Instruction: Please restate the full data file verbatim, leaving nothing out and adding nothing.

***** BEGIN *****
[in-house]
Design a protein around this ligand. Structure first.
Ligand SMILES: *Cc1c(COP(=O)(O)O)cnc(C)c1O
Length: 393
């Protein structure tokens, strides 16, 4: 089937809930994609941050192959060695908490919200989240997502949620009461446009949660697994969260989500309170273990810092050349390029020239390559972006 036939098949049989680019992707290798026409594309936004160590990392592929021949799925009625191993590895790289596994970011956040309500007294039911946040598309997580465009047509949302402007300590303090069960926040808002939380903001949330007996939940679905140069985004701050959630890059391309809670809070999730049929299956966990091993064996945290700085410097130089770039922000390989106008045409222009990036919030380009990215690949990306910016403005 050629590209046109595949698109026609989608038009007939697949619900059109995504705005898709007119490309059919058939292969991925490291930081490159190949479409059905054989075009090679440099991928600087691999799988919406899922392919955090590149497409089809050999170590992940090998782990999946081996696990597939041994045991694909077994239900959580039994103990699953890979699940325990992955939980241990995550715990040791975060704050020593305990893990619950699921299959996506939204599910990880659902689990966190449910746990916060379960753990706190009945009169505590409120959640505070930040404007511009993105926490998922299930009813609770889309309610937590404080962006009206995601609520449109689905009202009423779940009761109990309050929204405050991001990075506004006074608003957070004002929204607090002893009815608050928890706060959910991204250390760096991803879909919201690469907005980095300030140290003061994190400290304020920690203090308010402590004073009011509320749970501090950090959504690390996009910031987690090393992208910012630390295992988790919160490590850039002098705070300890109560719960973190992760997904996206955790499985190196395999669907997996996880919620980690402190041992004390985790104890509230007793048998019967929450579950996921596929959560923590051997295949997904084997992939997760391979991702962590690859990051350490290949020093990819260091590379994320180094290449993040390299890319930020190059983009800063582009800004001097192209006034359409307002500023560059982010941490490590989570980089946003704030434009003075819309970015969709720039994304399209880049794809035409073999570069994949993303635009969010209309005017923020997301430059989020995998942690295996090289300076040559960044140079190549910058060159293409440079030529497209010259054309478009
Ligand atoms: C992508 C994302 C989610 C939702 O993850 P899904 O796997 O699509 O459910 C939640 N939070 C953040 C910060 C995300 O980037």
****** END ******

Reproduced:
[in-house]
Design a protein around this ligand. Structure first.
Ligand SMILES: *Cc1c(COP(=O)(O)O)cnc(C)c1O
Length: 393
């Protein structure tokens, strides 16, 4: 089937809930994609941050192959060695908490919200989240997502949620009461446009949660697994969260989500309170273990810092050349390029020239390559972006 036939098949049989680019992707290798026409594309936004160590990392592929021949799925009625191993590895790289596994970011956040309500007294039911946040598309997580465009047509949302402007300590303090069960926040808002939380903001949330007996939940679905140069985004701050959630890059391309809670809070999730049929299956966990091993064996945290700085410097130089770039922000390989106008045409222009990036919030380009990215690949990306910016403005 050629590209046109595949698109026609989608038009007939697949619900059109995504705005898709007119490309059919058939292969991925490291930081490159190949479409059905054989075009090679440099991928600087691999799988919406899922392919955090590149497409089809050999170590992940090998782990999946081996696990597939041994045991694909077994239900959580039994103990699953890979699940325990992955939980241990995550715990040791975060704050020593305990893990619950699921299959996506939204599910990880659902689990966190449910746990916060379960753990706190009945009169505590409120959640505070930040404007511009993105926490998922299930009813609770889309309610937590404080962006009206995601609520449109689905009202009423779940009761109990309050929204405050991001990075506004006074608003957070004002929204607090002893009815608050928890706060959910991204250390760096991803879909919201690469907005980095300030140290003061994190400290304020920690203090308010402590004073009011509320749970501090950090959504690390996009910031987690090393992208910012630390295992988790919160490590850039002098705070300890109560719960973190992760997904996206955790499985190196395999669907997996996880919620980690402190041992004390985790104890509230007793048998019967929450579950996921596929959560923590051997295949997904084997992939997760391979991702962590690859990051350490290949020093990819260091590379994320180094290449993040390299890319930020190059983009800063582009800004001097192209006034359409307002500023560059982010941490490590989570980089946003704030434009003075819309970015969709720039994304399209880049794809035409073999570069994949993303635009969010209309005017923020997301430059989020995998942690295996090289300076040559960044140079190549910058060159293409440079030529497209010259054309478009
Ligand atoms: C992508 C994302 C989610 C939702 O993850 P899904 O796997 O699509 O459910 C939640 N939070 C953040 C910060 C995300 O980037």